It was a cold and grey Saturday morning in mid December, 1971, a little more than a month after my 12th birthday.  My sister and I were sitting in the back seat of our green 1969 Ford LTD, my Dad was driving and my Mom was sitting in the front passenger side.  My Mom was nervous and anxious.  We were on our way to Mitchell Field to pick up my oldest brother, Mike, who had just finished the Army’s basic training in Fort Leonard Wood in Missouri.  He was coming home on leave.  It’d be the first time we saw him since the last time my Dad drove to the airport, eight weeks earlier, to drop him off.

We had received, in the mail, an official army portrait photo of Mike, all dressed in uniform, very formal, with his hair cut razor thin.  He looked nothing like the thick haired rock and roll fan he went into the army as.  We had received a couple of letters, in the army’s white envelopes with the red and blue trim, and he seemed to be doing well. 

We parked the car and went inside the arrivals area.  We were surprised to see dozens of razor thin haired soldiers, all formally dressed in their uniforms, all resembling the photo we had received.  My Mom was very anxious to see her oldest son, and somehow, she and I split off from my Dad and my Sister, as she aggressively made her way through the sea of uniforms.  Finally, she spotted my brother standing at a ticket counter.  She walked up, me following, and approached him, smiling broadly and saying, “Hi, how are you?”  It was at that point that the confused expression on the soldier’s face confirmed what I had just begun to suspect – it wasn’t Mike.

“I’m fine”, he said cautiously, as I was able to nudge her and say, “Mom, that’s not Mike.”   Embarrassed and flustered, she turned red, and we turned our back on the soldier that wasn’t Mike and towards the mass of uniforms.   It didn’t take us long to find the real Mike, and I had a good laugh when I told him how Mom had mistaken the wrong soldier for him.  My Mom, still red with embarrassment, was a good sport about it, and reluctantly laughed, too.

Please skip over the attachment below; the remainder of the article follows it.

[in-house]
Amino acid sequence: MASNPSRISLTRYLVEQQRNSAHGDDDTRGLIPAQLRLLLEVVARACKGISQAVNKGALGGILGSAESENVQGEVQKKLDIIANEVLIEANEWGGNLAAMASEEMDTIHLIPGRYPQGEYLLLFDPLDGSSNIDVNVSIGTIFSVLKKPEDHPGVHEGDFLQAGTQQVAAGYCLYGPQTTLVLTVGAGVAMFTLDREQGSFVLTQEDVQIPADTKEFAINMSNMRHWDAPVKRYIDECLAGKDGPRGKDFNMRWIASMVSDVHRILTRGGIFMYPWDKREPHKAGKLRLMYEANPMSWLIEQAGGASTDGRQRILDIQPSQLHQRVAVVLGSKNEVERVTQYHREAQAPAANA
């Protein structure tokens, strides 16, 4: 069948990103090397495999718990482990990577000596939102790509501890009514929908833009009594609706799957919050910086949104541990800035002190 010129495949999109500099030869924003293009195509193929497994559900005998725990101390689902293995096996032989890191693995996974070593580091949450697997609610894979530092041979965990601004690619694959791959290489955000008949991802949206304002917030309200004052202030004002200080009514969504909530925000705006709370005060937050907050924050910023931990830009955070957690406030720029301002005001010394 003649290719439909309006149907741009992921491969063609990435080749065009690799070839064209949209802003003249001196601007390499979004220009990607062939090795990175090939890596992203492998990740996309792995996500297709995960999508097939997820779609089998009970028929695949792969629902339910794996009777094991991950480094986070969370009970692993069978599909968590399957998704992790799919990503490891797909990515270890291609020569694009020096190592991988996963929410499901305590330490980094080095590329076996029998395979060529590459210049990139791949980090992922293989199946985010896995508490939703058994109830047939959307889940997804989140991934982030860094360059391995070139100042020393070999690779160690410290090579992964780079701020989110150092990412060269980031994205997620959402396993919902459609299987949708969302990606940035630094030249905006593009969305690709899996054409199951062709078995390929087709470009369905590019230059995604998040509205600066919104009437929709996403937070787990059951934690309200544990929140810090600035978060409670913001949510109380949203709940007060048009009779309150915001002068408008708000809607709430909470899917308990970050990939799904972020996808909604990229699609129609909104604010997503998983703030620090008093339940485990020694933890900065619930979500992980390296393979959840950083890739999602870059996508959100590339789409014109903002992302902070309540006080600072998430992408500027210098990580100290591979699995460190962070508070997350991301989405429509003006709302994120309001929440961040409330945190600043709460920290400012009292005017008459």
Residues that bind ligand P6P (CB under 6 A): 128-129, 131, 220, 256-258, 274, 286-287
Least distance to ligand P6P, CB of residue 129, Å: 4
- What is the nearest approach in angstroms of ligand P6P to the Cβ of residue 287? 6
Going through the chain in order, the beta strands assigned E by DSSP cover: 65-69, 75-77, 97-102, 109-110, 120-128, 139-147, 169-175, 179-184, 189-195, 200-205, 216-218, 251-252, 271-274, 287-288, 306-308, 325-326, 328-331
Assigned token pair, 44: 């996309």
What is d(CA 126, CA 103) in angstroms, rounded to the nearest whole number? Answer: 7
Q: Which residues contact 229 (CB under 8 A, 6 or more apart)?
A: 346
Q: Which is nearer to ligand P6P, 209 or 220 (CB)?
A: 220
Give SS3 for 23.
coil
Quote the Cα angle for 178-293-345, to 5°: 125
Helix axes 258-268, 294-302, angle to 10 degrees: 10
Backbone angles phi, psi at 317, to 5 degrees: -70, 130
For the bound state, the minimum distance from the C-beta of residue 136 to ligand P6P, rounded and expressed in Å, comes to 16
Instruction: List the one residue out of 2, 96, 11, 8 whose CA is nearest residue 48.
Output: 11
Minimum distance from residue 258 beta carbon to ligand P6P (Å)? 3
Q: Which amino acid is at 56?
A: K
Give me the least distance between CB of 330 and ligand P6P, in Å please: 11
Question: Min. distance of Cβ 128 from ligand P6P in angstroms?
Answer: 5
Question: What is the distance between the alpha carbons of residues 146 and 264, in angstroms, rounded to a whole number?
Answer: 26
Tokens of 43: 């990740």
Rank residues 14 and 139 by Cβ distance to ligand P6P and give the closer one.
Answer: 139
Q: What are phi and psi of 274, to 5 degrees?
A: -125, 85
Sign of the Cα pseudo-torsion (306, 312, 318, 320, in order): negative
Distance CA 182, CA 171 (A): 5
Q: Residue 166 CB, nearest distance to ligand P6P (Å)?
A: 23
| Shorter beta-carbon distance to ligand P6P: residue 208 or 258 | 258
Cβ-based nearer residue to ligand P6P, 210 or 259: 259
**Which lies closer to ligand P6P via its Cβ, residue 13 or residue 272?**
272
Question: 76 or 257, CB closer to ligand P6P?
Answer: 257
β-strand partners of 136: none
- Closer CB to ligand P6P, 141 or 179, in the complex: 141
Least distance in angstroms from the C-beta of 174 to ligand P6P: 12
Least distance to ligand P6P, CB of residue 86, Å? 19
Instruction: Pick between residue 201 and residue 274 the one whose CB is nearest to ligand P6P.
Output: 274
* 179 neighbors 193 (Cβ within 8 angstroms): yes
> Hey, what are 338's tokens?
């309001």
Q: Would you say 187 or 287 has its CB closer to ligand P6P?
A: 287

Then the three of us found my Dad and Jenny, and then we were back in the car, Mike sitting in the back seat with me and my little sister.  We had a nice ride home, with me calling him a “punk”, just like I did in the weeks before he went in the army, picking up where we had left off as if he’d never been gone.   The conversation turned to current events, and my Mom asked him what he thought of the big topic of the day, President Nixon’s recent trip to China, and Mike answered that he didn’t think Nixon was tough enough.  We were all surprised by his answer, as this was the same Mike who had been against the Vietnam War and who had agonized, after being drafted, about going in or defecting to Canada.  He ended up taking advantage of an offer where if he would enlist for a third year, he could serve in Germany, on the front lines of the cold war, and avoid having to go to Vietnam.  Mom and Dad took his response to Nixon and China as evidence that he was growing up.  I silently doubted the sincerity of the answer and suspected that he was telling them what they wanted to hear.   Regardless, I think it was more the site of his son in uniform than the answer to the question that made my Dad proudly beam as he drove.  They spoke of going downtown and having a couple of beers together while Mike was home on leave.   The generation gap that had always stood between them had, at least for the moment, closed.

As we drove home to Union Grove, light snow flurries began to fall, a reminder that Christmas was right around the corner.  Outside it was cold and gray and windy.   Inside the big Ford, we were comfortable and laughing, warmed by the car’s defroster and the knowledge that we were all going home, and that we’d all be together for the holidays.